So, Balkovec came up with a plan.

"I basically, the second day, showed up with all of the dynamic warmup phrases written down on a piece of paper, and I led the stretch in Spanish, and it went much better," she says. "Basically they kind of, I think, were like, 'Oh, dang. Like, we're going to have to actually listen to her.' "

Balkovec has since used her Spanish to help her coaching, like in Dominican Republic in 2017. (Courtesy Rachel Balkovec)
Balkovec has since used her Spanish to help her coaching, like in the Dominican Republic in 2017. (Courtesy Rachel Balkovec)

Strength Coach Of The Year Who Couldn't Get A Job

Since that second day of training with the Cardinals, Balkovec has taught herself Spanish.

"I think it did help me, especially as a woman, to have something to relate to them," she says.

Balkovec was named the 2012 Appalachian League strength coach of the year.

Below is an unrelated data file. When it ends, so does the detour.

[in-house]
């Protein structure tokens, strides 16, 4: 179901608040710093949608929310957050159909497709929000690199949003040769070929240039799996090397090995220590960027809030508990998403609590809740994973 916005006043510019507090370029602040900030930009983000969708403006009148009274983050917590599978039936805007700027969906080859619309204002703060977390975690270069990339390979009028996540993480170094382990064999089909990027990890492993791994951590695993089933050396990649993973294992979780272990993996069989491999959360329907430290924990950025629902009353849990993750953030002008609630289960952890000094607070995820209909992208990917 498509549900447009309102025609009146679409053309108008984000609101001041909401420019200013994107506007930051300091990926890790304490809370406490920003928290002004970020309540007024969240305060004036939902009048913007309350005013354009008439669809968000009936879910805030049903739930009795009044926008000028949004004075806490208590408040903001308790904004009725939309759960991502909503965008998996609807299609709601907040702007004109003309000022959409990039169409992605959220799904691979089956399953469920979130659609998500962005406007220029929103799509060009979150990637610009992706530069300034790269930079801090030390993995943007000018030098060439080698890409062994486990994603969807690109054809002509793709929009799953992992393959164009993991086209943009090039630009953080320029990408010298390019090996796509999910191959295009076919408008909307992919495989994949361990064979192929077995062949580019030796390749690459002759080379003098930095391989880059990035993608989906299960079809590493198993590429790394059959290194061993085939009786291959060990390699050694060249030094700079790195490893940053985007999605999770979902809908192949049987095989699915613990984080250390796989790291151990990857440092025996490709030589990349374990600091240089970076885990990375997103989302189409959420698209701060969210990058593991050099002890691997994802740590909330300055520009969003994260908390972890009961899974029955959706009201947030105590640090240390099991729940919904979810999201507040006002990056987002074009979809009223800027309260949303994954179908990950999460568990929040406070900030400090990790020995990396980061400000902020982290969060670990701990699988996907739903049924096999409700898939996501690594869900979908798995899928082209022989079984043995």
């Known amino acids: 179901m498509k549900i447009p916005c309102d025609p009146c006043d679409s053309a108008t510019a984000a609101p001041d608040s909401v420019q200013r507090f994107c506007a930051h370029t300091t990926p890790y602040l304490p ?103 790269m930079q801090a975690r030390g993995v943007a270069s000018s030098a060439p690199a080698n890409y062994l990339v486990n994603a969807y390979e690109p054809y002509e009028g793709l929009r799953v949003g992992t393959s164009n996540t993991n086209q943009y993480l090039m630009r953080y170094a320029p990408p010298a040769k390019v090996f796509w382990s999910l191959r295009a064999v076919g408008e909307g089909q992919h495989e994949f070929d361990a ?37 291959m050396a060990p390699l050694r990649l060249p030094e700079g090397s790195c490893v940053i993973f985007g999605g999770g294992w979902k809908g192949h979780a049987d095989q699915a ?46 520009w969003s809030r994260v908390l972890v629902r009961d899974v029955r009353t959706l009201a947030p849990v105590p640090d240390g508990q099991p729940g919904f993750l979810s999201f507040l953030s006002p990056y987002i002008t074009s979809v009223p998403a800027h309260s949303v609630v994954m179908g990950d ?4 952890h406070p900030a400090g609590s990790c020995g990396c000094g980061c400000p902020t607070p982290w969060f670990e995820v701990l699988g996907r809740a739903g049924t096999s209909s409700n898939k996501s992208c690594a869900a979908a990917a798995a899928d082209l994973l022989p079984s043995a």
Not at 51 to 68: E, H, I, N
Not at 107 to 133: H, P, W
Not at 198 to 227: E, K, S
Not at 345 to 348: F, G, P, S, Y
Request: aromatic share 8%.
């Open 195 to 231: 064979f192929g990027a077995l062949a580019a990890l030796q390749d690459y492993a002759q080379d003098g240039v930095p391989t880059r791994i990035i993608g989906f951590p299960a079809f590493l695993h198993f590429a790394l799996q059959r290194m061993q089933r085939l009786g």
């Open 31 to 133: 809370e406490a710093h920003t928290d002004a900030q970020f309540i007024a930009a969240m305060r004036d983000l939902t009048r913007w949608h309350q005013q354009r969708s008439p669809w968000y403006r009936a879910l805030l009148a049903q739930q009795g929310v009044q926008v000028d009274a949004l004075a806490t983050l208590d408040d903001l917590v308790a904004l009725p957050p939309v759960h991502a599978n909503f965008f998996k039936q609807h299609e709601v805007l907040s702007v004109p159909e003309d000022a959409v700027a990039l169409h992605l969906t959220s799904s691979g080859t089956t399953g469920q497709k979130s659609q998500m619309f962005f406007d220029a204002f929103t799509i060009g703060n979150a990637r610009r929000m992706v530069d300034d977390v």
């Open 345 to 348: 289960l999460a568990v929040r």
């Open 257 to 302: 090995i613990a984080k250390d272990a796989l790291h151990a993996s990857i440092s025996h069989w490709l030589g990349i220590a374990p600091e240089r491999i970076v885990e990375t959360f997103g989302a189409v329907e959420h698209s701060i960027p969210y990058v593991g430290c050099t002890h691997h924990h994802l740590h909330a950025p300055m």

So: She had a master’s degree. She had Spanish. She had worked with one of college baseball’s premier programs, and now she was strength coach of the year.

But when her internship ended, the Cardinals said they didn’t have a job for her.

Balkovec's next stop was Phoenix, where there are about 15 low-level minor league teams. In December, in anticipation of the upcoming season, she applied for open strength and conditioning positions at about 10 of them.

She heard back from none.

"He said, 'You know, I'd really like to hire you, but I'm not going to be able to. And it's because of your gender.' "

Rachel Balkovec